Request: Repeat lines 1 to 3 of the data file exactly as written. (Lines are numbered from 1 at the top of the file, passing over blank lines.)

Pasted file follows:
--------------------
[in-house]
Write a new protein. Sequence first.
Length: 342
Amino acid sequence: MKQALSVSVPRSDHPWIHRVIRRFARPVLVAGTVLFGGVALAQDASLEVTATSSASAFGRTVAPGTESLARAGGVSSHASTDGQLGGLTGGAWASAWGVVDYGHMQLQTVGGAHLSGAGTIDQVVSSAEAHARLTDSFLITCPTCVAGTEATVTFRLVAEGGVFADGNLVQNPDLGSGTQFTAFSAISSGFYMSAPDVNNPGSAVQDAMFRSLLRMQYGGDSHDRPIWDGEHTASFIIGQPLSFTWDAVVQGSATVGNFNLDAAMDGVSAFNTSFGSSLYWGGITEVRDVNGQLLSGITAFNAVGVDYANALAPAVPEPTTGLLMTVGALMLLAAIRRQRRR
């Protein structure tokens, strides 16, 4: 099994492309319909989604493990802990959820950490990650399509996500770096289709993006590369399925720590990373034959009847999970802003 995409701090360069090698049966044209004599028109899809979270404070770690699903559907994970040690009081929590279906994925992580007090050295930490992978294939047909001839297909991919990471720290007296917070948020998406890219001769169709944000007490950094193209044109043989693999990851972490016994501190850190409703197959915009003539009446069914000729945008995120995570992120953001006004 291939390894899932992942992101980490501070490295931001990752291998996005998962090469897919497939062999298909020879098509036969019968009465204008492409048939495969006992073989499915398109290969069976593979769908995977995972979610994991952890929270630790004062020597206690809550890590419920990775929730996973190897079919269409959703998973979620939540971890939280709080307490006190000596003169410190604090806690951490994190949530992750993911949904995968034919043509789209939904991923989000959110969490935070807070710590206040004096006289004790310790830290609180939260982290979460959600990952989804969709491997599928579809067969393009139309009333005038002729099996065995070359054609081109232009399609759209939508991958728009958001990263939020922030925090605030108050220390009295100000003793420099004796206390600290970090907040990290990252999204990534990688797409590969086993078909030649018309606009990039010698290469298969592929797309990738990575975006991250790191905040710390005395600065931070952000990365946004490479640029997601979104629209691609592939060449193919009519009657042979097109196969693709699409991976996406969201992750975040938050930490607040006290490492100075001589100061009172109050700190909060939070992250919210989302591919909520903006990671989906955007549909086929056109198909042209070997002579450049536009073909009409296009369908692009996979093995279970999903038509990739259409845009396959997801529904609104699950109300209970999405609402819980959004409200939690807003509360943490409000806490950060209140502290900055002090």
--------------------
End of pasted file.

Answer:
[in-house]
Write a new protein. Sequence first.
Length: 342